When I woke it was chilly so I snuggled in my bag while I played on my cell phone. Still, I was the second one up! It was tricky going at first. The trail angled steeply downward over rocks and an intermittent stream decided to join in. It felt like descending a waterfall. Serendipity and I took funny pictures of one another doing “advanced” downhill techniques. Tracks did not join in on our shenanigans.
After hiking three miles, we came upon the AMC Galehead Hut. I used one of my baked good slots on a GF muffin. The staff was friendly and appeared to be having fun. They fed us breakfast leftovers after we swept the hut common areas and dorms. Then they gave us paper messages to deliver to the next AMC hut seven miles away.
The day remained overcast as we hiked to the summits of South Twin Mountain and Mt. Guyot. At our lunch stop and at Zealand Falls Hut, we were misted on and resumed hiking to warm up. The last five miles were fairly flat so we managed a 15 mile day.
When we reached Ethan Pond Campsite a large REI group had taken the last of of the tent platform spots. The host led us to the overflow area. It had oddly shaped, root-filled spots into which we fit five tents and one hammock. Our tents and ground tarps were still wet from last night’s rain. I set mine up, but kept my gear out until after dinner, when the tent was mostly dry. The fly I hung from two branches and it dried in the breeze.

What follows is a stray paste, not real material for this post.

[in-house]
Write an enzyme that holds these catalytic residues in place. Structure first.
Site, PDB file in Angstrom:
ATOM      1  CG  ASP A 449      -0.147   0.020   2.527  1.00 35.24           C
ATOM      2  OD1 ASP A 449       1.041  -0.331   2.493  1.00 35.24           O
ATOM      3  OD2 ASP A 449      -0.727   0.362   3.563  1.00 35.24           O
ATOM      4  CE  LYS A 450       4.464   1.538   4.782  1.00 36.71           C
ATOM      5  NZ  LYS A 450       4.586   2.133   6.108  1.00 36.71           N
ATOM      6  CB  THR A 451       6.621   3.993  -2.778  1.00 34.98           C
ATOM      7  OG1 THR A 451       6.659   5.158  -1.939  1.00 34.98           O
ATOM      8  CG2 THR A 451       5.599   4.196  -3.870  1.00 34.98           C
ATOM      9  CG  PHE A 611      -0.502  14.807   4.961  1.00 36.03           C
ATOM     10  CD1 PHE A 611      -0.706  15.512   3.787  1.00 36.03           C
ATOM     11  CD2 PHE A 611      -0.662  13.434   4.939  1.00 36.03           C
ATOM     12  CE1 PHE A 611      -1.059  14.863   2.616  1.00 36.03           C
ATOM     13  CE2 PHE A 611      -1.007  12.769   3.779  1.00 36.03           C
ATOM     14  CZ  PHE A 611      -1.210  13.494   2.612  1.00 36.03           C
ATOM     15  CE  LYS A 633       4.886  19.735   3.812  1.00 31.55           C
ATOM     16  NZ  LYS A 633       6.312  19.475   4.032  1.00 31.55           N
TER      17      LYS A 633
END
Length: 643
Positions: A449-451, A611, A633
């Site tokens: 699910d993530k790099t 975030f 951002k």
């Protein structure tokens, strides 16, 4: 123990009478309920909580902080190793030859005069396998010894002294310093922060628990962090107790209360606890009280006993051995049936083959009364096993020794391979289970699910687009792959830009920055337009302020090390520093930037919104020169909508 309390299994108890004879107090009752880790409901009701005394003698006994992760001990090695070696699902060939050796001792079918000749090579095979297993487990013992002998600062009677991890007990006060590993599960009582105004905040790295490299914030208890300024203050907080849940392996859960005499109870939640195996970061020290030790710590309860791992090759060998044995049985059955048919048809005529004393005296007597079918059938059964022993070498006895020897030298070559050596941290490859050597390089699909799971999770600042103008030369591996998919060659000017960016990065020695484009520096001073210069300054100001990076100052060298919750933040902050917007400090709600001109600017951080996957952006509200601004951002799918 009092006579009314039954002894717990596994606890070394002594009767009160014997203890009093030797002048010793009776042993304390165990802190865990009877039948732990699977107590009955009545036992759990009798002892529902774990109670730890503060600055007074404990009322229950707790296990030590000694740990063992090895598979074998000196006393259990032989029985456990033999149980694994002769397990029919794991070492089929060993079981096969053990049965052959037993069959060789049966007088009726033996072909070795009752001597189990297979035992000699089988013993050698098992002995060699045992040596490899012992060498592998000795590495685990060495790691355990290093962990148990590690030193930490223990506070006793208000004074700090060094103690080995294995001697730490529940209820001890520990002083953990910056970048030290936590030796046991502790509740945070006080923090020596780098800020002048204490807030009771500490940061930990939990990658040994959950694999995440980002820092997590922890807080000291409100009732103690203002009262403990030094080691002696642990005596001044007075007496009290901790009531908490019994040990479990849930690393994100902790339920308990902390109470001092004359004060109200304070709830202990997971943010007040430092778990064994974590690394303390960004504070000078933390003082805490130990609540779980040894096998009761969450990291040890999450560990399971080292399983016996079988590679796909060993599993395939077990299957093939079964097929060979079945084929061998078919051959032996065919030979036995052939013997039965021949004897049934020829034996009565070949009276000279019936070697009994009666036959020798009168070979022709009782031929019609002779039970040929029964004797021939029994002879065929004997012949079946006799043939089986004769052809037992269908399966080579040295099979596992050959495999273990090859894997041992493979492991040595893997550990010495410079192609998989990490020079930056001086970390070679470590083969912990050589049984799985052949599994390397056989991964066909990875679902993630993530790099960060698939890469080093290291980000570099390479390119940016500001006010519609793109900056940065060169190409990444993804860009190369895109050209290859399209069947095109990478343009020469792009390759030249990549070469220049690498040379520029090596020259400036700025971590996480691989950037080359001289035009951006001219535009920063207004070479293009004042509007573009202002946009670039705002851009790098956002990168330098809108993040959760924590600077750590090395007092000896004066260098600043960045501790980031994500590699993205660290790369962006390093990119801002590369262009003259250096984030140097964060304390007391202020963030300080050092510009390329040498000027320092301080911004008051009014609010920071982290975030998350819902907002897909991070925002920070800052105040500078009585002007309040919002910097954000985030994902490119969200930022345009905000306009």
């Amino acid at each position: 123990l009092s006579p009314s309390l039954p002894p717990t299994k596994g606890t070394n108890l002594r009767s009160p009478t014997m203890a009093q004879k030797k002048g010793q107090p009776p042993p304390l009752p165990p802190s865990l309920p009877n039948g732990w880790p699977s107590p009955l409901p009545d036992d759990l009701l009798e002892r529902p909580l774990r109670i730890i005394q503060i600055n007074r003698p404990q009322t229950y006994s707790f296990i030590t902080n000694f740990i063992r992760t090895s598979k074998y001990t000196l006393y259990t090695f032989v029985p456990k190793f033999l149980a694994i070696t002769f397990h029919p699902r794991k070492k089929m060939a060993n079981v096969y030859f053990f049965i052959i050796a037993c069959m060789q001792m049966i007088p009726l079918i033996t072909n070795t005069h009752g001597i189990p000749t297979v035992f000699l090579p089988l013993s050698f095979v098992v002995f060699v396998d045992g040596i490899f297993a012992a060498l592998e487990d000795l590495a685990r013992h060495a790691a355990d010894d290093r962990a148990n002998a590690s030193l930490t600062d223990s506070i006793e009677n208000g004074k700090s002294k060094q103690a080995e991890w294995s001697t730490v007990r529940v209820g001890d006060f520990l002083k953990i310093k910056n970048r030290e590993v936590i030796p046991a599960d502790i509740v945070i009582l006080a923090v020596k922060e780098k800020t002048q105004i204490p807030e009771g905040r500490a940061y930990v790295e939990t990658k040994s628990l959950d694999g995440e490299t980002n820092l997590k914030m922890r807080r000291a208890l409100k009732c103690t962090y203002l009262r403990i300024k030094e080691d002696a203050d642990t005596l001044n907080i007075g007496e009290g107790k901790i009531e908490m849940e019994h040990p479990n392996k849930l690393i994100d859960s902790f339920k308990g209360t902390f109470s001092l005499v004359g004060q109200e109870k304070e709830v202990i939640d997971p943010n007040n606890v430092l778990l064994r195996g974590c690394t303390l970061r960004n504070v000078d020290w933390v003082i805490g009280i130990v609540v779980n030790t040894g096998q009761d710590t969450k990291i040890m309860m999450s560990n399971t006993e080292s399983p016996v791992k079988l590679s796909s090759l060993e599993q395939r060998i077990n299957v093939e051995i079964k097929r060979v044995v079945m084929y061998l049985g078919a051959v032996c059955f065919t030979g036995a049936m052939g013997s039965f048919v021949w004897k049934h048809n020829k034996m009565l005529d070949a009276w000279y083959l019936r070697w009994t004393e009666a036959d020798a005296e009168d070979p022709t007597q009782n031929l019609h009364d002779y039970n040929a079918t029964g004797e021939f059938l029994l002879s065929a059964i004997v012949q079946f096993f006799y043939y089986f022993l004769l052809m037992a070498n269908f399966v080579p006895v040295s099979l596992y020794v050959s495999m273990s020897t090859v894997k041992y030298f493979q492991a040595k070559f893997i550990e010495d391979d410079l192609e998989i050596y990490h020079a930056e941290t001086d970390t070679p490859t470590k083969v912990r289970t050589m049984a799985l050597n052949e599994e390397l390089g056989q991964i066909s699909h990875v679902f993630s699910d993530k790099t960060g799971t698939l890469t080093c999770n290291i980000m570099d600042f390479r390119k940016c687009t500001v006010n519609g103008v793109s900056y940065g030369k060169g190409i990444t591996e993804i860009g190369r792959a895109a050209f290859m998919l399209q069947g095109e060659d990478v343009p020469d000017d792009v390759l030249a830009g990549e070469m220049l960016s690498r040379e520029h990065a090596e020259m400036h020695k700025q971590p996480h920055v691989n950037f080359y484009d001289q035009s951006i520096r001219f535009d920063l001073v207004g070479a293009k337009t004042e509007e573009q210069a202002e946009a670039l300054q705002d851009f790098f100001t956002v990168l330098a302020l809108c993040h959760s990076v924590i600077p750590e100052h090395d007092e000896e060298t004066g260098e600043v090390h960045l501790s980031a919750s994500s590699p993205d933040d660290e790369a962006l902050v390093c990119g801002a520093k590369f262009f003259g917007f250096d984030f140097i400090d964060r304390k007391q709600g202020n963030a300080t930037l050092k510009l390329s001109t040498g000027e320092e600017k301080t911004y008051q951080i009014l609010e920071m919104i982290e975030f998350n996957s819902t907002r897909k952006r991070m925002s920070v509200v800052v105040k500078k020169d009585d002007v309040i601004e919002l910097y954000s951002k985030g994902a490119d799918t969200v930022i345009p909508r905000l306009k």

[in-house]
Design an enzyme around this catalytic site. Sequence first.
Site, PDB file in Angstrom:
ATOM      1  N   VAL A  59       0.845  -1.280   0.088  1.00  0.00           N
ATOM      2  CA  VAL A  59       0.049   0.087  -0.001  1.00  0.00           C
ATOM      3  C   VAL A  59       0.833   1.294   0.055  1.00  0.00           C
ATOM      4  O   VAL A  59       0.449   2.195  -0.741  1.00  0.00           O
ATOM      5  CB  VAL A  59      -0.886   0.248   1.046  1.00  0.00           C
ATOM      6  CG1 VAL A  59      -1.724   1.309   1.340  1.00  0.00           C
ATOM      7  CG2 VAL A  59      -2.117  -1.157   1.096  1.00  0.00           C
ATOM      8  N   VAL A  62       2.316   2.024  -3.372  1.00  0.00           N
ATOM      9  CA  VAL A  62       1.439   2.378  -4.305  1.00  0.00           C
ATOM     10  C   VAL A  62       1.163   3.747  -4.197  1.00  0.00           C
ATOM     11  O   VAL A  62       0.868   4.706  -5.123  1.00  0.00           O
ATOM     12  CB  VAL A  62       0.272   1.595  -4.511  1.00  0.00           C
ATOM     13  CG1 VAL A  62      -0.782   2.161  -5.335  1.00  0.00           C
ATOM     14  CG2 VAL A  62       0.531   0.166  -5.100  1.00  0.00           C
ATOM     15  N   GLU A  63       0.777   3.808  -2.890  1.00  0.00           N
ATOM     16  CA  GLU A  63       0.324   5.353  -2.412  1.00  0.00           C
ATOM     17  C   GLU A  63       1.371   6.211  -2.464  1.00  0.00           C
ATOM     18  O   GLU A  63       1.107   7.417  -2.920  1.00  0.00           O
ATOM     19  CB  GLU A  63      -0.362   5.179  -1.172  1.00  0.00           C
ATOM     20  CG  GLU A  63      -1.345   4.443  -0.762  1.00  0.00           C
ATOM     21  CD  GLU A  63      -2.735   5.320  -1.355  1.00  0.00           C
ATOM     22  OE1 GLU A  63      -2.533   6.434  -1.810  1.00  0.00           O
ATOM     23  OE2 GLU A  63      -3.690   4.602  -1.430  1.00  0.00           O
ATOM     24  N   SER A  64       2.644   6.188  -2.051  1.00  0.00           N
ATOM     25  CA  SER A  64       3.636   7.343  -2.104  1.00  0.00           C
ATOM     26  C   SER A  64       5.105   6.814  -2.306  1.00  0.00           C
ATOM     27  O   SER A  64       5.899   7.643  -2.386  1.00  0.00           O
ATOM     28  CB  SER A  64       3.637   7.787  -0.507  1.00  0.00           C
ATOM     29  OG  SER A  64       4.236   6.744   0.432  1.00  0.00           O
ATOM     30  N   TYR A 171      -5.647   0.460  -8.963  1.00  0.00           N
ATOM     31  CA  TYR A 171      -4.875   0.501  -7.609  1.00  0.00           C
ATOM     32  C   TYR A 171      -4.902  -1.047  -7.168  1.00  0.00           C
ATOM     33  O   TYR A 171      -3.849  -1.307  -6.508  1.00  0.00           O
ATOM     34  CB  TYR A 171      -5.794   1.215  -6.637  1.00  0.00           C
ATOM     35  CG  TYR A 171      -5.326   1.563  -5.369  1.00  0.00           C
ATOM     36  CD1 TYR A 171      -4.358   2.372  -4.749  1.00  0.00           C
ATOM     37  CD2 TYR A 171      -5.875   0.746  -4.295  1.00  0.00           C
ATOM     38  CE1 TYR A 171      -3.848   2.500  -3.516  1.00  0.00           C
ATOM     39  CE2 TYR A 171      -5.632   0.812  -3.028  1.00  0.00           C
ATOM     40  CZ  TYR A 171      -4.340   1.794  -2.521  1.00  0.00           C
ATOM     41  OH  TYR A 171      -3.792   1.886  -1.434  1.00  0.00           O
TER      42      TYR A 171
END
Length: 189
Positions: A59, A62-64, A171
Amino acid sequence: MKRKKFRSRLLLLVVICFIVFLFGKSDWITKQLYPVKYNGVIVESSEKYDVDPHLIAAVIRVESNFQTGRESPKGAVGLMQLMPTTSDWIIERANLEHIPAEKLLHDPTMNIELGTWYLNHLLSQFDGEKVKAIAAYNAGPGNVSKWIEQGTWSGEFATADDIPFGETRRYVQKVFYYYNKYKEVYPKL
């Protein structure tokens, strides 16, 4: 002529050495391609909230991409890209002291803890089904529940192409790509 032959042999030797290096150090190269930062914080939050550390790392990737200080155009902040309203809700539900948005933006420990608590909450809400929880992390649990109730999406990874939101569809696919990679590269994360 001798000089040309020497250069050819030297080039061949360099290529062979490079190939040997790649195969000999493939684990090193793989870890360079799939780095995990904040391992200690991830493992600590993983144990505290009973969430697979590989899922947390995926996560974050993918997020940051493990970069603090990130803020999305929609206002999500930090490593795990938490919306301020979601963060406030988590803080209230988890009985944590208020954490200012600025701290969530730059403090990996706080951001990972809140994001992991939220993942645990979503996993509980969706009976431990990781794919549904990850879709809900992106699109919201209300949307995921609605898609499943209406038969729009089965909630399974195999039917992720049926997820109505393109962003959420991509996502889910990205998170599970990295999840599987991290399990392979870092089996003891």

It was a fairly easy, mostly downhill, hike to Crawford Notch. There we came across amazing trail magic!! The couple, Amy & Jeff, hiked the trail in 2017. They had lists of meal options for both meat eaters and vegetarians. I had a Beyond burger with cheese & pickles, yogurt, fruit salad, and orange juice. There were chips and candy plus coolers full of drinks. They even offered to make us sandwiches to go. Really nice people!
From trail magic, we split into trios. Hobble-It, Serendipity, and Tracks hitched to the AMC Highlands Center to get Hobble-It’s resupply box. Dinglebeary, All The Way, and myself walked to the Willey House to get my box. We had delicious fudge and swapped trail stories. There was a museum building which told how the entire Willey family was killed during a massive landslide in 1826.
Before the climb to Mt. Webster and Mt. Jackson, I stopped to get water from the Saco River. A minute after the guys took off the rest of our tramily showed up. Excellent timing! It was a steep ascent that involved sections of scrambling and handy tree assists. There were multiple sweeping views of Crawford Notch. Tracks pointed out the cloud masked summit of Mt. Washington in the distance. At first I felt the weight of my full food bag, but the scrambling took my mind off it and I had fun.
Our destination was Nauman Campsite next to Mizpah Spring Hut. Hobble-It and Dinglebeary ended up doing work-for-stay in the hut. They would sleep on the floor of the dining area and eat leftovers from the family style evening meal. The rest of us set up our four tents on one large wooden platform. I was eager to eat from my food bag. The sunset turned the clouds a bright pink.